Combustion and Flame, Vol.203, 143-156, 2019
Ignition delay time and H2O measurements during methanol oxidation behind reflected shock waves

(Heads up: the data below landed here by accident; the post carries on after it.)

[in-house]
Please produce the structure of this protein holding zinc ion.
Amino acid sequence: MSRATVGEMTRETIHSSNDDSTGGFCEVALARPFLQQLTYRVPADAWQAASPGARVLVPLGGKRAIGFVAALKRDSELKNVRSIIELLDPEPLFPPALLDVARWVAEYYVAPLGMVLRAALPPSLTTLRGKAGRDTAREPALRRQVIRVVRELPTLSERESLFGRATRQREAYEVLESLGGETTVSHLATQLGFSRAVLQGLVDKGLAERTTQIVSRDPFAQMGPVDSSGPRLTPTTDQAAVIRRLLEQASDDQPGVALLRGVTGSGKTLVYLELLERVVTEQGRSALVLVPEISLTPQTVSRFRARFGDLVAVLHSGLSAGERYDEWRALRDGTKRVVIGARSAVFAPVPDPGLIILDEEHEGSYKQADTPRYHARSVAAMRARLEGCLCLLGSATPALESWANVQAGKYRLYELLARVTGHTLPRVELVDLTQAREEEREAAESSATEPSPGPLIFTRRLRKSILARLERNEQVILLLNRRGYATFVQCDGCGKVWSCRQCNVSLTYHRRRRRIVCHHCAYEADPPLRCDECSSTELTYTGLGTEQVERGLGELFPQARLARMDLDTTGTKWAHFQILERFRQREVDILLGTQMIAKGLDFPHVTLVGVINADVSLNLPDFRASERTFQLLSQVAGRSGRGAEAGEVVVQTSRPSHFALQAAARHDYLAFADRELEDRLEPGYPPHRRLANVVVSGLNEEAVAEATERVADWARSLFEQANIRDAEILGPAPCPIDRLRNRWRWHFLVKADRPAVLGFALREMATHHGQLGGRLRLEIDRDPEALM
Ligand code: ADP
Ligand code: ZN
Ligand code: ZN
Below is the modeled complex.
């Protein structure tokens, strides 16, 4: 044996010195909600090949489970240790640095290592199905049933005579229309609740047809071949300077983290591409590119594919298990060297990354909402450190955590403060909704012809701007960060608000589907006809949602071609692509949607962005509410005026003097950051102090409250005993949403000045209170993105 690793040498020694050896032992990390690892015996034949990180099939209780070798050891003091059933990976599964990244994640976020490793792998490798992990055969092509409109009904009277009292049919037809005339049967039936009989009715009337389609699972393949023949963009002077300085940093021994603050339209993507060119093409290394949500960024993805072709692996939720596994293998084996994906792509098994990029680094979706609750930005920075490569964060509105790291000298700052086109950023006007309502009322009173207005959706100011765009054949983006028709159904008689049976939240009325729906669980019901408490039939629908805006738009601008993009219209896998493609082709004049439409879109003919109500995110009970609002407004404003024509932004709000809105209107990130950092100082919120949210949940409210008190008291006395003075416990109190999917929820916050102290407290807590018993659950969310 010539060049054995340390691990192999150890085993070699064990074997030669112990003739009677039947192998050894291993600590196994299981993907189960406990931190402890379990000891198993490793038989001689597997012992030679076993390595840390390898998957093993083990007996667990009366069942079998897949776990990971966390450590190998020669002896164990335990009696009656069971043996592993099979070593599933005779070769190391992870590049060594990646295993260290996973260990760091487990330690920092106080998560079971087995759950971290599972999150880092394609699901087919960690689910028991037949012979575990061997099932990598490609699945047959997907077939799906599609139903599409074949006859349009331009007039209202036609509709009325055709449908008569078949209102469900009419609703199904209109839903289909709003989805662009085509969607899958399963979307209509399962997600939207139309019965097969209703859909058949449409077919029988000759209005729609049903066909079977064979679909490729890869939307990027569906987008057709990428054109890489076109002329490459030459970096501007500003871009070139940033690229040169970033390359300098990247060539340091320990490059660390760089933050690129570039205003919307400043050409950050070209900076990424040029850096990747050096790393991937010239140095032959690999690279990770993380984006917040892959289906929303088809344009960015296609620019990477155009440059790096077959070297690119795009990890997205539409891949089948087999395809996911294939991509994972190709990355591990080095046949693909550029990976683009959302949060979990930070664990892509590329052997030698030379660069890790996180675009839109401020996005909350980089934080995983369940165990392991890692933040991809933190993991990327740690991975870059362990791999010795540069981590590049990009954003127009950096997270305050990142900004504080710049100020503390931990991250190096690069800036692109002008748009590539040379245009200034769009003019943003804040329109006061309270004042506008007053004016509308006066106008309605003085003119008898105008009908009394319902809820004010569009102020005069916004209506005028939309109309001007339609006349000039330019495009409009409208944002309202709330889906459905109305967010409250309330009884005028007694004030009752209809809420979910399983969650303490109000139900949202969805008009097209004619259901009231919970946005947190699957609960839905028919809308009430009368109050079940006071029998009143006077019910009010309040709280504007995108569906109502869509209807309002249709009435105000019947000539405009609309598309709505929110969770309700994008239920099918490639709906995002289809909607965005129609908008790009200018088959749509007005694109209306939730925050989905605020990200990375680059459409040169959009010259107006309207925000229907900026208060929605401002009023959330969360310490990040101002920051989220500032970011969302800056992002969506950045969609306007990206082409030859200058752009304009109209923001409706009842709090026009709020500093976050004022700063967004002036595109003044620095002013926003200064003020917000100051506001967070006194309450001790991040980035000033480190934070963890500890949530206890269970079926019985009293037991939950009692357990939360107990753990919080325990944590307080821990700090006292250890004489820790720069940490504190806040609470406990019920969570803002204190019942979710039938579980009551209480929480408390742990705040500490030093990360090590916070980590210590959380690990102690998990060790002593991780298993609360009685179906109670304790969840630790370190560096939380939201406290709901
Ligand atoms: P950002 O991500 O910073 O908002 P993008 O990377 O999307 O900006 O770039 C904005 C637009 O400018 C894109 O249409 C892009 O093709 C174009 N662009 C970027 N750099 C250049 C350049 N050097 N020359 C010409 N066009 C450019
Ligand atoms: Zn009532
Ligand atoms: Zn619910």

To improve detailed chemical kinetics models, the oxidation of methanol was investigated behind reflected shock waves in shock tubes. Ignition delay times of methanol-air mixtures, with Ar as diluent, were studied between 940 and 1540 K in a heated shock tube, for pressures up to 14.9 atm and for equivalence ratios of 0.5, 1.0, and 2.0. Water profiles were measured by utilizing a laser absorption technique in the 1350-to-1600-K temperature range, at an average pressure of 1.3 atm and for similar equivalence ratios. The present study shows the ignition delay times of methanol to be in very good agreement with results from the literature (Fieweger et al., 1997), whereas the other conditions have never been investigated before. The ignition delay time data are also in good agreement with modern detailed kinetics mechanisms such as the AramcoMech 3.0 model. The water time-history profiles were modeled using well-known literature mechanisms. Discrepancies were observed between these kinetics mechanisms, and poor predictions were observed for the lower temperatures investigated. Sensitivity and rate-of-production analyses were performed using 3 literature mechanisms (namely, AramcoMech 3.0, Princeton, and JetSurfll). Discrepancies were found among the models when predicting important reactions dominating the oxidation of methanol as well as the rate-of-production of H2O. (C) 2019 The Combustion Institute. Published by Elsevier Inc. All rights reserved.